From The Collaborative International Dictionary of English v.0.48:

Inspiration \In`spi*ra"tion\, n. [F. inspiration, L. inspiratio.
   See Inspire.]
   [1913 Webster]
   1. The act of inspiring or breathing in; breath; specif.
      (Physiol.), the drawing of air into the lungs,
      accomplished in mammals by elevation of the chest walls
      and flattening of the diaphragm; -- the opposite of
      [1913 Webster]

   2. The act or power of exercising an elevating or stimulating
      influence upon the intellect or emotions; the result of
      such influence which quickens or stimulates; as, the
      inspiration of occasion, of art, etc.
      [1913 Webster]

            Your father was ever virtuous, and holy men at their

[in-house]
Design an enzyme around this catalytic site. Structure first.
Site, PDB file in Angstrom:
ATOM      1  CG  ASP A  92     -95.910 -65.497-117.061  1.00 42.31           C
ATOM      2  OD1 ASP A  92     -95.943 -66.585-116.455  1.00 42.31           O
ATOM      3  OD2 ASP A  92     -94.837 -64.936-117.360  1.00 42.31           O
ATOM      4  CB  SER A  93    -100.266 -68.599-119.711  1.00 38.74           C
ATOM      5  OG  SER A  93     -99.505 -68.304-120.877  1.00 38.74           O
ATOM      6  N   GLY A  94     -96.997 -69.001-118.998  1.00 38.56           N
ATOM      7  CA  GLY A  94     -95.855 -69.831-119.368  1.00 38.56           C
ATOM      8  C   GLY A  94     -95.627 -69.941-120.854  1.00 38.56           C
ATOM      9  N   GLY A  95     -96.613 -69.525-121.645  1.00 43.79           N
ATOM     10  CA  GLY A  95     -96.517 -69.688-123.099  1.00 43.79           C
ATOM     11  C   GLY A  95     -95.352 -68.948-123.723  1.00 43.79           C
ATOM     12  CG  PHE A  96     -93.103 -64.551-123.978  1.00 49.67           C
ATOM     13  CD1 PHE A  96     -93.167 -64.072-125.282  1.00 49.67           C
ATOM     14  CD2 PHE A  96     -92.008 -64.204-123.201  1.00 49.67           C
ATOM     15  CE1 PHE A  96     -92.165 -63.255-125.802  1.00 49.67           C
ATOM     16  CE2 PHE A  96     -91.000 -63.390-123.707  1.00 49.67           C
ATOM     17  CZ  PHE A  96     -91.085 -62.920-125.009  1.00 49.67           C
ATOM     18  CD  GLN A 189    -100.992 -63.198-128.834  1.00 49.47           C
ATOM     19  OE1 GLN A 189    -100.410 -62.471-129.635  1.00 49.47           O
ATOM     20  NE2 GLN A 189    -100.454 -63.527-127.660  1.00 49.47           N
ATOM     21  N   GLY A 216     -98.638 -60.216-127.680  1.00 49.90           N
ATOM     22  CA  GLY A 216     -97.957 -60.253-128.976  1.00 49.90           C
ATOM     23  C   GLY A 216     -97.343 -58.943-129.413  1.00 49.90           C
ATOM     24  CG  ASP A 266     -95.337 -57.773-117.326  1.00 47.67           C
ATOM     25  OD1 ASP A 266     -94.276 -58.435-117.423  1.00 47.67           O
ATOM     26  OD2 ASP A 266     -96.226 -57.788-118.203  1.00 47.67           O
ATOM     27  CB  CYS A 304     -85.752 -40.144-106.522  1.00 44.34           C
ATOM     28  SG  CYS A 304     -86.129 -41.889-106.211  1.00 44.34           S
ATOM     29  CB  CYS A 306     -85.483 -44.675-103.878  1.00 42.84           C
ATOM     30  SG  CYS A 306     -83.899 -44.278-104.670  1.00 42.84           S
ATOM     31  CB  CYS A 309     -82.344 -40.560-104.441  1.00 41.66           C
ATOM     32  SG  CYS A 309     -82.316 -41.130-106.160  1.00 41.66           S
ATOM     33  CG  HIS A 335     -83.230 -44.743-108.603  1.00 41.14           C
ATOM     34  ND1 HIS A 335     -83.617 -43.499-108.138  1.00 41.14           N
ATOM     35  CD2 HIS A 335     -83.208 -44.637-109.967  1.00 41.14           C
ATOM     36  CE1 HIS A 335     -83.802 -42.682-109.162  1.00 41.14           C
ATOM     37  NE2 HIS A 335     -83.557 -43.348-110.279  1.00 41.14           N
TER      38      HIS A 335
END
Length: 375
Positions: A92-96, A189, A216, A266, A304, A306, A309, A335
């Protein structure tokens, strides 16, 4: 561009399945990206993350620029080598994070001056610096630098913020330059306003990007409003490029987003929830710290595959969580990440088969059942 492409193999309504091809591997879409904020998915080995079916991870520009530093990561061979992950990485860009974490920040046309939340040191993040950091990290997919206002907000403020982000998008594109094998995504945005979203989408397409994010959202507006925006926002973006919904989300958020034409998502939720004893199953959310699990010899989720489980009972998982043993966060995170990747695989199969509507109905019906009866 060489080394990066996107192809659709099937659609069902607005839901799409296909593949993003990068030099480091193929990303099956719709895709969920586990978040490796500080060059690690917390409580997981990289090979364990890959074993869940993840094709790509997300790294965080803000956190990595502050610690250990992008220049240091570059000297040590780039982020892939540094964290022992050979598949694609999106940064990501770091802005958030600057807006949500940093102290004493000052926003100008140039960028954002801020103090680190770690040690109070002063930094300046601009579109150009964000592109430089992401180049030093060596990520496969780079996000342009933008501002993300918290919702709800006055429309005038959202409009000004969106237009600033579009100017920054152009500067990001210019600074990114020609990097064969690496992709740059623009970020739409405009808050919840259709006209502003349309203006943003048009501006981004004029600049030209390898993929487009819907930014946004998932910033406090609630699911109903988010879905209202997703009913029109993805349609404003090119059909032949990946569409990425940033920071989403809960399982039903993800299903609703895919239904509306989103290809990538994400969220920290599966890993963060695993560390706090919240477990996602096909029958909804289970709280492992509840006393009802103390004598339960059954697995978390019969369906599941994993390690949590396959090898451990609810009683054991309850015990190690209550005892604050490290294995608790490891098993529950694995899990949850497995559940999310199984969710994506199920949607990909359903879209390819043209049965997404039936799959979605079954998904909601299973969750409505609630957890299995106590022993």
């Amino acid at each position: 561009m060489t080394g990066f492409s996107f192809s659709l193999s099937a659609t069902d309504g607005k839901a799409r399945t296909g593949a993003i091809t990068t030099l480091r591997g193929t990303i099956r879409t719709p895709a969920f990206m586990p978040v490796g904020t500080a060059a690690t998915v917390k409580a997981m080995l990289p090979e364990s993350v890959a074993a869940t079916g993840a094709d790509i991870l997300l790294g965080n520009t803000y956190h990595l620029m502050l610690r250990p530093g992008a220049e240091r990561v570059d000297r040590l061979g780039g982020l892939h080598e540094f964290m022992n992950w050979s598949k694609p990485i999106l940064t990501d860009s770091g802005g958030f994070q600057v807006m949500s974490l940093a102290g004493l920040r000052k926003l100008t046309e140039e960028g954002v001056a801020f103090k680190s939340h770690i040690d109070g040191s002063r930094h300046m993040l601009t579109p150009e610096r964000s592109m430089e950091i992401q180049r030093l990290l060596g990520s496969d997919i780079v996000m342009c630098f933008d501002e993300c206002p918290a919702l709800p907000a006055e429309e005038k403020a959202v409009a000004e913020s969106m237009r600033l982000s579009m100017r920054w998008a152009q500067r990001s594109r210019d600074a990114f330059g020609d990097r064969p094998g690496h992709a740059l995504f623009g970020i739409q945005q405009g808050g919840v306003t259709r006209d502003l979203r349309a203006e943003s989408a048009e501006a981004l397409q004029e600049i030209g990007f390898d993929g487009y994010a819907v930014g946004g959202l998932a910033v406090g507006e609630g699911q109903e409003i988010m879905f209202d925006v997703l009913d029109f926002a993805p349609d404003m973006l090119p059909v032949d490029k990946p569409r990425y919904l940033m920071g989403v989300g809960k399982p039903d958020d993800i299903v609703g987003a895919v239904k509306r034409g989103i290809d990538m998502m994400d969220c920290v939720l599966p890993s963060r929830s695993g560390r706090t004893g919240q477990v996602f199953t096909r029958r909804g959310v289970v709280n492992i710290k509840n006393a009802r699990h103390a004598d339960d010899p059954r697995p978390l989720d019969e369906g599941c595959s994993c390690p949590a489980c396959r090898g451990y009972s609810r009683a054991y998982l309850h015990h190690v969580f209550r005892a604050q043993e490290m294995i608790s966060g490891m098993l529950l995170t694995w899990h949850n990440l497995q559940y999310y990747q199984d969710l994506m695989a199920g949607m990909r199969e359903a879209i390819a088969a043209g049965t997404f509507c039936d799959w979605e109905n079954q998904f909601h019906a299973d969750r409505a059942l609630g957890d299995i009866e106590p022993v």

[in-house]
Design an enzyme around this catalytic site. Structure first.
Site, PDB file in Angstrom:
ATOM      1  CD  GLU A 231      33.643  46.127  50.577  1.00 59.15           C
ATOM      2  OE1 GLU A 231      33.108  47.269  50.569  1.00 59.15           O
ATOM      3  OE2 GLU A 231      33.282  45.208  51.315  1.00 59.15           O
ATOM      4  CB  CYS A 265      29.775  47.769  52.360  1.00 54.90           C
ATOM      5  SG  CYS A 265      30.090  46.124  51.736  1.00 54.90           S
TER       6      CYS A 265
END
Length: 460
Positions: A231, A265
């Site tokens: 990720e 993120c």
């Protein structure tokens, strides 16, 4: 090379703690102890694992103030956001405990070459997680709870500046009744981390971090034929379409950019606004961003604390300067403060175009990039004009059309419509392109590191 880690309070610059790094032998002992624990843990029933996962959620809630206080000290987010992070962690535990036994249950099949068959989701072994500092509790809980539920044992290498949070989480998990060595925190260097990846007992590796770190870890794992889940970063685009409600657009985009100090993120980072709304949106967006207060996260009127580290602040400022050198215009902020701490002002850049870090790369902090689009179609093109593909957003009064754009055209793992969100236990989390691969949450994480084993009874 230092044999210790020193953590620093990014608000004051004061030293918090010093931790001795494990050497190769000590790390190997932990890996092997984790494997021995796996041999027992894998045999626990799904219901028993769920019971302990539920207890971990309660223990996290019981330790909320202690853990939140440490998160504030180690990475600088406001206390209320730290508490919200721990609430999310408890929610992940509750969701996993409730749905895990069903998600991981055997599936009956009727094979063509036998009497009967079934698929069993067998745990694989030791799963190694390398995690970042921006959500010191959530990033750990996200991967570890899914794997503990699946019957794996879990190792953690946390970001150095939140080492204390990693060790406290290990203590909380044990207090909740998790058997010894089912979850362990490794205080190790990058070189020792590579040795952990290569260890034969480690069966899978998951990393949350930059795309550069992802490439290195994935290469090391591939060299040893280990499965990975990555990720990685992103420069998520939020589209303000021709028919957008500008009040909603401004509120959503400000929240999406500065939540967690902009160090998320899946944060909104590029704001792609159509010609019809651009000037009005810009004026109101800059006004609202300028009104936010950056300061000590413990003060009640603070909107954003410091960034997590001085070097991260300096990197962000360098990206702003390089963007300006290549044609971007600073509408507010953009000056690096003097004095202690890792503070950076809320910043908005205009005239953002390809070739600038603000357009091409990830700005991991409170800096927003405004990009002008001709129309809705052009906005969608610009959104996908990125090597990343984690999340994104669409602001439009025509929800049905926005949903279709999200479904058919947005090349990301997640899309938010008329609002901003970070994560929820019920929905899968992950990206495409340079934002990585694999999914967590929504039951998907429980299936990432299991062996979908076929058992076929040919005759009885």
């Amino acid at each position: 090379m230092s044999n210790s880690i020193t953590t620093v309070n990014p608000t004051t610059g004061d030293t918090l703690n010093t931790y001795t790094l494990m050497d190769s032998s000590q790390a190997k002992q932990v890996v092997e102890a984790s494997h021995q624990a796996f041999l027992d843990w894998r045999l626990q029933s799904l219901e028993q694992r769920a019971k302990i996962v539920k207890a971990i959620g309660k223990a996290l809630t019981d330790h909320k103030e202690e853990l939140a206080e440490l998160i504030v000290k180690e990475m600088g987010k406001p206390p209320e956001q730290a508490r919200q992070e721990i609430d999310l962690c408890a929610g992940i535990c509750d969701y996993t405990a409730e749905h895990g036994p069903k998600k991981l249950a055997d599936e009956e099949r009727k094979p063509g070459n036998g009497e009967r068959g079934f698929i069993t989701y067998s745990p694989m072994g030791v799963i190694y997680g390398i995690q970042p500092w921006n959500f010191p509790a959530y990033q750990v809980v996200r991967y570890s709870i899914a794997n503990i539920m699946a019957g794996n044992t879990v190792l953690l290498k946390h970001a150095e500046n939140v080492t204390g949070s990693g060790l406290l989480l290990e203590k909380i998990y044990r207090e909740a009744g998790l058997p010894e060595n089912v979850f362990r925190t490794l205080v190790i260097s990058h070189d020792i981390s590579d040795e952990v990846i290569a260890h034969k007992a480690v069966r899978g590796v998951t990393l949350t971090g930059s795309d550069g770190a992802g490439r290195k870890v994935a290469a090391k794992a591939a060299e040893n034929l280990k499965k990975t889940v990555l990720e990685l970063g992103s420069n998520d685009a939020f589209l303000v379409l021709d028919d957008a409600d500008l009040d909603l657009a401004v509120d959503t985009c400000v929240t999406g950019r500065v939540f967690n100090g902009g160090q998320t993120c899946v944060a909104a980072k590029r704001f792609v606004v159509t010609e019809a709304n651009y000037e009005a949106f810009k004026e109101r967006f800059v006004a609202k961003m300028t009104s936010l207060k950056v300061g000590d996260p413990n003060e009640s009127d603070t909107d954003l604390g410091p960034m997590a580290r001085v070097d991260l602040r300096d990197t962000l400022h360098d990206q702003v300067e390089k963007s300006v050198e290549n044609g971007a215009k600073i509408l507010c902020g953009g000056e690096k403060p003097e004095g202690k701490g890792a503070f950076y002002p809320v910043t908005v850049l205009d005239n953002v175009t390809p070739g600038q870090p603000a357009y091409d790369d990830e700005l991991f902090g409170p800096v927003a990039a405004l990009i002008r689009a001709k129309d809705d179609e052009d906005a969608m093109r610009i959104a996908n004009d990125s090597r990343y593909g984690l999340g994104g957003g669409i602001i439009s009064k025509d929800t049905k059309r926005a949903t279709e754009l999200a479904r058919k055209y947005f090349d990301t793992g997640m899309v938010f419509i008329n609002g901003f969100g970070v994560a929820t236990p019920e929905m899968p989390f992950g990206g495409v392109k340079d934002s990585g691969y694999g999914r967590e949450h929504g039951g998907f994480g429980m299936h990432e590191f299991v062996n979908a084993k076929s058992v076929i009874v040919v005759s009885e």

death have good inspirations.         --Shak.
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   3. (Theol.) A supernatural divine influence on the prophets,
      apostles, or sacred writers, by which they were qualified
      to communicate moral or religious truth with authority; a
      supernatural influence which qualifies men to receive and
      communicate divine truth; also, the truth communicated.
      [1913 Webster]

            All Scripture is given by inspiration of God. --2
                                                  Tim. iii. 16.
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            The age which we now live in is not an age of
            inspiration and impulses.             --Sharp.
      [1913 Webster]

   Plenary inspiration (Theol.), that kind of inspiration
      which excludes all defect in the utterance of the inspired

   Verbal inspiration (Theol.), that kind of inspiration which
      extends to the very words and forms of expression of the
      divine message.
      [1913 Webster]
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